Many Americans may not know it, but Cairo, Illinois – the small town at the southernmost tip of the state played a key role in the Civil War and the rise of the man who would become the 18th president of the United States.
Cairo was home to Fort Defiance, known as Camp Defiance, a military post located at the confluence of the Mississippi and Ohio rivers.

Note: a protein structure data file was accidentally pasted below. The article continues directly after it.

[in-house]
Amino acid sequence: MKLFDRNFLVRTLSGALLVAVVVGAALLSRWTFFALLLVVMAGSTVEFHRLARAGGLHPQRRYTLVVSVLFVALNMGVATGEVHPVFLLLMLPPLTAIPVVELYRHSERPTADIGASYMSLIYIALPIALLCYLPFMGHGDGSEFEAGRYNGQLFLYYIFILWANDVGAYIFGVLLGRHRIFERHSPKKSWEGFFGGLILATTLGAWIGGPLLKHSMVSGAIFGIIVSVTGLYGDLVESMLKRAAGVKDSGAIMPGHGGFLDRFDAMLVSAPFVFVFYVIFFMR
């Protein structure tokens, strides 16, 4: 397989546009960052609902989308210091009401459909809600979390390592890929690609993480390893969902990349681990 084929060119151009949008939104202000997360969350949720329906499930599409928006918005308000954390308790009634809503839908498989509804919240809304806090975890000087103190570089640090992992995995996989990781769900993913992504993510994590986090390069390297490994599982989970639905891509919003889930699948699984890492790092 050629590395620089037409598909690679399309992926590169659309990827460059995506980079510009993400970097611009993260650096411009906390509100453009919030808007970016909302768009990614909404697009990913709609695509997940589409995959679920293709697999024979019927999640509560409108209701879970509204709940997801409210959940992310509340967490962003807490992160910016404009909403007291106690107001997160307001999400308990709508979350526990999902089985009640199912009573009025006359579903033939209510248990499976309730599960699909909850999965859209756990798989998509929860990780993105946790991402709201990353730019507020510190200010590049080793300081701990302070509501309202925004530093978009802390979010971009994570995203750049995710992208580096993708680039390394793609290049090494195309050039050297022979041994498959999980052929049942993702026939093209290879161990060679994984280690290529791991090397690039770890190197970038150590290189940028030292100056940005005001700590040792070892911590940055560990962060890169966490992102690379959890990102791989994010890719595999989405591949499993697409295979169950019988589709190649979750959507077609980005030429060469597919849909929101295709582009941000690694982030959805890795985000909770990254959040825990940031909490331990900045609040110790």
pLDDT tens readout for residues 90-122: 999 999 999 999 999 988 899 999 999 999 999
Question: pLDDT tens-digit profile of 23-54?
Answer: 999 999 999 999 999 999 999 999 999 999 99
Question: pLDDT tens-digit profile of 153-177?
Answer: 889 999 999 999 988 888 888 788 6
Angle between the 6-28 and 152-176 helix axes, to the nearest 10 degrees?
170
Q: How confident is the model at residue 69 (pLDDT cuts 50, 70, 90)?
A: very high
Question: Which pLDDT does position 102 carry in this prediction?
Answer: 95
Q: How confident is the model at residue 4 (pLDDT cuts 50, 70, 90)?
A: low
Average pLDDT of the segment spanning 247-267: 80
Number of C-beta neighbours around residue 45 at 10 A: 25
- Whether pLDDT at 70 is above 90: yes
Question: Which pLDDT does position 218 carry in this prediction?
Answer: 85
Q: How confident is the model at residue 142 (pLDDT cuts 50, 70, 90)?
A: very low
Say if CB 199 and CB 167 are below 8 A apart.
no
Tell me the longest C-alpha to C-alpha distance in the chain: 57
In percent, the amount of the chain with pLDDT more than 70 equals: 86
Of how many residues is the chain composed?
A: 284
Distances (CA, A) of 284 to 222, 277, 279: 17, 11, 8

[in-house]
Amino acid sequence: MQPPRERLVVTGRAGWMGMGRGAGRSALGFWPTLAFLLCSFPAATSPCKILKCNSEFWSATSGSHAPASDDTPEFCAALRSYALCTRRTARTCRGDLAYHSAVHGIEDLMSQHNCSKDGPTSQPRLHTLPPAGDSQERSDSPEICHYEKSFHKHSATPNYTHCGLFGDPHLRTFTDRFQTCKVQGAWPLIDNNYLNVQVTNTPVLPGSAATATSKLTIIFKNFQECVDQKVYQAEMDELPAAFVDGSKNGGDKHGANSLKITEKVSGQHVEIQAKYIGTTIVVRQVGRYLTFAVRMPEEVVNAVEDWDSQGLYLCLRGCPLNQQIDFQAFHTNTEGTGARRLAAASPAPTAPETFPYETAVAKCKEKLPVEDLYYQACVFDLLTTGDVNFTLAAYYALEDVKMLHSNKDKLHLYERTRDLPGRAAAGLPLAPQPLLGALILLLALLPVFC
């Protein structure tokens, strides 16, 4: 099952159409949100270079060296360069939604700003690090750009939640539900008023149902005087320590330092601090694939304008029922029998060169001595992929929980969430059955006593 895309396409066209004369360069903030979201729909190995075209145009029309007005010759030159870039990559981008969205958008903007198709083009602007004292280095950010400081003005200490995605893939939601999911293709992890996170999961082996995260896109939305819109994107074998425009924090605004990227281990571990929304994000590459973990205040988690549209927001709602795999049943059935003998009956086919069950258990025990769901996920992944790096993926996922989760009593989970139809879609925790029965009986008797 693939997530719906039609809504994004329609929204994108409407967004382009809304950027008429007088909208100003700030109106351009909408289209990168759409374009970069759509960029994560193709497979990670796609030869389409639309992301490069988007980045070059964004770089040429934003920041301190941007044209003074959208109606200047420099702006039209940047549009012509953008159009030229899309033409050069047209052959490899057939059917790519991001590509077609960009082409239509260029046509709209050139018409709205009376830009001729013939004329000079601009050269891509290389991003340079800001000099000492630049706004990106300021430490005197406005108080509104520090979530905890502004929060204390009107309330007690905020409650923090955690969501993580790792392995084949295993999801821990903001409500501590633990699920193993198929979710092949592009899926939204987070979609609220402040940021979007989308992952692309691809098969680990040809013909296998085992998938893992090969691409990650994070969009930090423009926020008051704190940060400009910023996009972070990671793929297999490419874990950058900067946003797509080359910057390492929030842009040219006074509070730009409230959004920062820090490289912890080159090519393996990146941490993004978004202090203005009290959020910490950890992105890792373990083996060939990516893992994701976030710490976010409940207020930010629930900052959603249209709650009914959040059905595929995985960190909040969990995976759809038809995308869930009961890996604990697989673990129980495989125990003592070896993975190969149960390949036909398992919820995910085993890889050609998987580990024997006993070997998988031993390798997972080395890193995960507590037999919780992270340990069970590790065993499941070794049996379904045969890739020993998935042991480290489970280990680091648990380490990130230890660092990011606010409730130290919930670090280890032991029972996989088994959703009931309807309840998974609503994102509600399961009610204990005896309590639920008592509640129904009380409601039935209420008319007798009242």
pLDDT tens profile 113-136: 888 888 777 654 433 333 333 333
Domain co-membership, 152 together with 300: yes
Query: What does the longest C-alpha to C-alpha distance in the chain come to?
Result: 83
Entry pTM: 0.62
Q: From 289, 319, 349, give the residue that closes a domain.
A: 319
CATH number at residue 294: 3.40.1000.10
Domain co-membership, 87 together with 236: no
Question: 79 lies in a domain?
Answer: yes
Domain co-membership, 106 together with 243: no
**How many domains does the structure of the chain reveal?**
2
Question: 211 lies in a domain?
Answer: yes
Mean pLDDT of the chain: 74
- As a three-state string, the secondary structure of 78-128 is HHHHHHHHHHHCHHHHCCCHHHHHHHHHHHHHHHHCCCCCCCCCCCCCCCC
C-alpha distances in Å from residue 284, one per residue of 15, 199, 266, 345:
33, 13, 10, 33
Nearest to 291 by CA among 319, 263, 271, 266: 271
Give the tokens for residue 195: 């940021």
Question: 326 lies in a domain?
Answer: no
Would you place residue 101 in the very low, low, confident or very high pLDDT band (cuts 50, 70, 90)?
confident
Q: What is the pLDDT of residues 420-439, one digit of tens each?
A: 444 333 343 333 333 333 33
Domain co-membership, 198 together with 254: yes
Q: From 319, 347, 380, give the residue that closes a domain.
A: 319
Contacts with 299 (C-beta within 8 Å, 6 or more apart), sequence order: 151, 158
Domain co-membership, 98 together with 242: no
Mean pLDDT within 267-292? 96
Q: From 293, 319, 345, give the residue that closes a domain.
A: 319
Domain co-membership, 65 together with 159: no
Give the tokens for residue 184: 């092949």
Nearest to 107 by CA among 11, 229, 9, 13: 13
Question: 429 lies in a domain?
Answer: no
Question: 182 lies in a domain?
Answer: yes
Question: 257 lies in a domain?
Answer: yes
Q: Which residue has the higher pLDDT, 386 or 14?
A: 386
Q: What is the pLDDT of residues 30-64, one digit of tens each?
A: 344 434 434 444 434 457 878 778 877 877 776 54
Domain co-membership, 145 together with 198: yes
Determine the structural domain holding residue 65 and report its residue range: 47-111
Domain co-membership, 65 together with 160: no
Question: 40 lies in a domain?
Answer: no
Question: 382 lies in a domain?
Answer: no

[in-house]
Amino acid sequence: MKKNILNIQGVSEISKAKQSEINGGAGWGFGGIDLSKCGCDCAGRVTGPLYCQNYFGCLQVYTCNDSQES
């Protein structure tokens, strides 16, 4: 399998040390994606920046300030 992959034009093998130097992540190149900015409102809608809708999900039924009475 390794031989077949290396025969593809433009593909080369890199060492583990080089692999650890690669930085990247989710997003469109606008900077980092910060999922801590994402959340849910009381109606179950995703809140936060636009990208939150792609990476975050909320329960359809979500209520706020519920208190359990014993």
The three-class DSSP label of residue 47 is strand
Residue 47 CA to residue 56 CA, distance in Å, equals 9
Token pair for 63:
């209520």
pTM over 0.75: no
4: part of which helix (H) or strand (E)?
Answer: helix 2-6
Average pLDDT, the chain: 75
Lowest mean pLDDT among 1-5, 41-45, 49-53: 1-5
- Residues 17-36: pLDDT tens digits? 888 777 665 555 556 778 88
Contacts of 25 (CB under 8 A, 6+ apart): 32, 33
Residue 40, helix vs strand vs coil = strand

From there Brig. Gen. Ulysses S. Grant and Union troops launched raids into Confederate territory in Missouri, Kentucky and Tennessee.
Victories at Fort Henry and Fort Donelson, Tennessee in the first year of the war gave Union forces access to stragetic rivers that allowed them to penetrate into the Deep South.
President Abraham Lincoln was so impressed with Grant’s successes he promoted him to major general of volunteers.
After the war, Fort Defiance became a state park. It fell into neglect but was resurrected by the citizens of Cairo.